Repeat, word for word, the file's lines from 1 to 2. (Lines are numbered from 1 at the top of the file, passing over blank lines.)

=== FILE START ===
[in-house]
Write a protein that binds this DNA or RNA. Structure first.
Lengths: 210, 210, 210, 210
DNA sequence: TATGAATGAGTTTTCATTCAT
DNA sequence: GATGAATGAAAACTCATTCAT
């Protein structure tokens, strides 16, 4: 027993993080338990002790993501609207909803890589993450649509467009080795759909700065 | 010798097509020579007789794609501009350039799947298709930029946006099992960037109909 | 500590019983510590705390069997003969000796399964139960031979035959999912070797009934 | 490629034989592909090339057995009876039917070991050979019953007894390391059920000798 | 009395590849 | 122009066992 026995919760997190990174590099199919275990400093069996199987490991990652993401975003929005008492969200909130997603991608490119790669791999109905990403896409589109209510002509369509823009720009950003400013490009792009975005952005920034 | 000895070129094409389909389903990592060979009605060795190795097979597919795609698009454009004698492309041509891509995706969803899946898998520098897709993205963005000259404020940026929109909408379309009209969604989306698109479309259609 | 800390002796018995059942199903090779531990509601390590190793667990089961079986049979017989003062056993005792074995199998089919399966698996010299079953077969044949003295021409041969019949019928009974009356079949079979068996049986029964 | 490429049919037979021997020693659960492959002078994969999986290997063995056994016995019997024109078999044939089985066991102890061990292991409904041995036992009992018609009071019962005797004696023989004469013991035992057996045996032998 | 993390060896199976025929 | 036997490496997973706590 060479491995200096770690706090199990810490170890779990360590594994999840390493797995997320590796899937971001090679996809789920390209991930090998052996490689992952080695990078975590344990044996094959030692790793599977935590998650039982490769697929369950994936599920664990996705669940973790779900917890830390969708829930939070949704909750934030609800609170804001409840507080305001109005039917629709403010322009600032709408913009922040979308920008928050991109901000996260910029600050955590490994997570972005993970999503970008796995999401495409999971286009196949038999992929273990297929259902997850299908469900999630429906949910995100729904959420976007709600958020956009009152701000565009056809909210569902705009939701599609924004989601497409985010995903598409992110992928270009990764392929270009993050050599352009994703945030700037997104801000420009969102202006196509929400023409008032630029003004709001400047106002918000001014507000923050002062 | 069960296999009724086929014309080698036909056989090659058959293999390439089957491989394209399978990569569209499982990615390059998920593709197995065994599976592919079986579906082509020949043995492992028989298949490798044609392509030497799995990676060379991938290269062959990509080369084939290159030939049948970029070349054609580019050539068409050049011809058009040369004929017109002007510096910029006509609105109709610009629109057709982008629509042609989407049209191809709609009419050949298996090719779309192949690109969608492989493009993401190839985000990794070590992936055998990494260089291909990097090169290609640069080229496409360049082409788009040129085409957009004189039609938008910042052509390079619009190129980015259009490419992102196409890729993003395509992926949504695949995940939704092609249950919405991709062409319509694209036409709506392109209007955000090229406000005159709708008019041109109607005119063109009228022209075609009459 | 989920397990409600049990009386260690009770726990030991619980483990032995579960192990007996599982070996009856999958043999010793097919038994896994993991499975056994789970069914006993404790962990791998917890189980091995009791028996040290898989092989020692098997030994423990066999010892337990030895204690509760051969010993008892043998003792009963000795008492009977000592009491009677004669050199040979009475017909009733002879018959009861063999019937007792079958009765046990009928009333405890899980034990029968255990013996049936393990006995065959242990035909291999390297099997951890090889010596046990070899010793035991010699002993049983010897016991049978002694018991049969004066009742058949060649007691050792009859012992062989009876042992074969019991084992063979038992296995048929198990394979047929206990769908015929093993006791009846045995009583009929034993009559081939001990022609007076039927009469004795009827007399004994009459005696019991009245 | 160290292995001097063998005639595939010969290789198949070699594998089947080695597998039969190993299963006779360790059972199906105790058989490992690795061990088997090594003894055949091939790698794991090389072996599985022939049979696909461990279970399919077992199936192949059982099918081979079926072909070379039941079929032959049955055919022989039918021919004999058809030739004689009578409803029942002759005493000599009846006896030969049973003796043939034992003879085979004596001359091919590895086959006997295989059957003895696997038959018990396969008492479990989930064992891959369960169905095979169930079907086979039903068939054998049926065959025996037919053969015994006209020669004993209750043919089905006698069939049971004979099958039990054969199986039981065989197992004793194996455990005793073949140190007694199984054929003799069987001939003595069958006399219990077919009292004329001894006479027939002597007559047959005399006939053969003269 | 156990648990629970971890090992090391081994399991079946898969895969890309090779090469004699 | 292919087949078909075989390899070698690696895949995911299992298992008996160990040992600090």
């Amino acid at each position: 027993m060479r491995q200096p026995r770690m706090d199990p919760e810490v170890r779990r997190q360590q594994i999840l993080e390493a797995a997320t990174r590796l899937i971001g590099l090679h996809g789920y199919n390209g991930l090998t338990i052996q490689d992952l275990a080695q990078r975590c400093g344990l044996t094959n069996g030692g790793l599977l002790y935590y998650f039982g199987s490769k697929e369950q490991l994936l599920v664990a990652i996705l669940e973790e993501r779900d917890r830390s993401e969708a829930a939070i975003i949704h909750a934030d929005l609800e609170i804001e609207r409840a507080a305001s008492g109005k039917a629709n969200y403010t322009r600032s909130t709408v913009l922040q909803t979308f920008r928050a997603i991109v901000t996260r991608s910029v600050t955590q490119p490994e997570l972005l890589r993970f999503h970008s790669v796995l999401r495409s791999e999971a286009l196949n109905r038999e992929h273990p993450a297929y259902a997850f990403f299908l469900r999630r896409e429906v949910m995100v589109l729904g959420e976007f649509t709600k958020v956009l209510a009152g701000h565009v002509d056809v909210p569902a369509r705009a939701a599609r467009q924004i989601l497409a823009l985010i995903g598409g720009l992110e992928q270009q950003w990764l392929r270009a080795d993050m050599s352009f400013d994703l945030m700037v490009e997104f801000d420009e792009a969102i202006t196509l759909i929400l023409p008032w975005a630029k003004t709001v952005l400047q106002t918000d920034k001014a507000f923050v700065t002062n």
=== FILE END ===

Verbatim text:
[in-house]
Write a protein that binds this DNA or RNA. Structure first.